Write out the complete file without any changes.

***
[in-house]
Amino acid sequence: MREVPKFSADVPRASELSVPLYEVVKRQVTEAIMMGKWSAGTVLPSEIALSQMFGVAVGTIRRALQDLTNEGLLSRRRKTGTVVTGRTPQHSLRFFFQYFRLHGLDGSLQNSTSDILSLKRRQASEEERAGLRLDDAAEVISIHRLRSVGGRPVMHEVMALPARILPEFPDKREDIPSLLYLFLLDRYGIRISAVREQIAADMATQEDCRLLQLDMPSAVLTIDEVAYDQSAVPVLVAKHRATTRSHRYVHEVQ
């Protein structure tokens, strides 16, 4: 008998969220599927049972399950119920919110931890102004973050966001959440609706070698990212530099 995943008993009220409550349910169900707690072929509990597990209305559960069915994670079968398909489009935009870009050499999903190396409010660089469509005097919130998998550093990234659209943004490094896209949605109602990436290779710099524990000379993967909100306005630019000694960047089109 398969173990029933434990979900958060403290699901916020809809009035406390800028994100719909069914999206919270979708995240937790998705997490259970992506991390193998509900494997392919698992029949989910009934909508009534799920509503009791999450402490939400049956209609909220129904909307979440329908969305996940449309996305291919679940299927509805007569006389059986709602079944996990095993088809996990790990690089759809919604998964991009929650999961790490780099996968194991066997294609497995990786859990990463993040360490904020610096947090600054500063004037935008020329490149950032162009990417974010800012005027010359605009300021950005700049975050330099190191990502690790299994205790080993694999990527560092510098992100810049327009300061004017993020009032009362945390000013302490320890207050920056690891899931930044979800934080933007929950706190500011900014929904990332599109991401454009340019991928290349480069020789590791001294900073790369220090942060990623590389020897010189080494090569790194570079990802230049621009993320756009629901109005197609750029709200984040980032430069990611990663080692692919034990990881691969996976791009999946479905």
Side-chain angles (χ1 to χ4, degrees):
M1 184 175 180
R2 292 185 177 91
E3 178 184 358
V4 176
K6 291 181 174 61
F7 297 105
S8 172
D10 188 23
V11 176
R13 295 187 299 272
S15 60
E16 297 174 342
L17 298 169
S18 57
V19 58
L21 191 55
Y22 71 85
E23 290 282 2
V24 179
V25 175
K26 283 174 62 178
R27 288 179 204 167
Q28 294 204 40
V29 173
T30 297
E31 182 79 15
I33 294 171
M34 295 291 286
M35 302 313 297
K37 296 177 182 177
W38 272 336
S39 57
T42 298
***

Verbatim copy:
[in-house]
Amino acid sequence: MREVPKFSADVPRASELSVPLYEVVKRQVTEAIMMGKWSAGTVLPSEIALSQMFGVAVGTIRRALQDLTNEGLLSRRRKTGTVVTGRTPQHSLRFFFQYFRLHGLDGSLQNSTSDILSLKRRQASEEERAGLRLDDAAEVISIHRLRSVGGRPVMHEVMALPARILPEFPDKREDIPSLLYLFLLDRYGIRISAVREQIAADMATQEDCRLLQLDMPSAVLTIDEVAYDQSAVPVLVAKHRATTRSHRYVHEVQ
């Protein structure tokens, strides 16, 4: 008998969220599927049972399950119920919110931890102004973050966001959440609706070698990212530099 995943008993009220409550349910169900707690072929509990597990209305559960069915994670079968398909489009935009870009050499999903190396409010660089469509005097919130998998550093990234659209943004490094896209949605109602990436290779710099524990000379993967909100306005630019000694960047089109 398969173990029933434990979900958060403290699901916020809809009035406390800028994100719909069914999206919270979708995240937790998705997490259970992506991390193998509900494997392919698992029949989910009934909508009534799920509503009791999450402490939400049956209609909220129904909307979440329908969305996940449309996305291919679940299927509805007569006389059986709602079944996990095993088809996990790990690089759809919604998964991009929650999961790490780099996968194991066997294609497995990786859990990463993040360490904020610096947090600054500063004037935008020329490149950032162009990417974010800012005027010359605009300021950005700049975050330099190191990502690790299994205790080993694999990527560092510098992100810049327009300061004017993020009032009362945390000013302490320890207050920056690891899931930044979800934080933007929950706190500011900014929904990332599109991401454009340019991928290349480069020789590791001294900073790369220090942060990623590389020897010189080494090569790194570079990802230049621009993320756009629901109005197609750029709200984040980032430069990611990663080692692919034990990881691969996976791009999946479905």
Side-chain angles (χ1 to χ4, degrees):
M1 184 175 180
R2 292 185 177 91
E3 178 184 358
V4 176
K6 291 181 174 61
F7 297 105
S8 172
D10 188 23
V11 176
R13 295 187 299 272
S15 60
E16 297 174 342
L17 298 169
S18 57
V19 58
L21 191 55
Y22 71 85
E23 290 282 2
V24 179
V25 175
K26 283 174 62 178
R27 288 179 204 167
Q28 294 204 40
V29 173
T30 297
E31 182 79 15
I33 294 171
M34 295 291 286
M35 302 313 297
K37 296 177 182 177
W38 272 336
S39 57
T42 298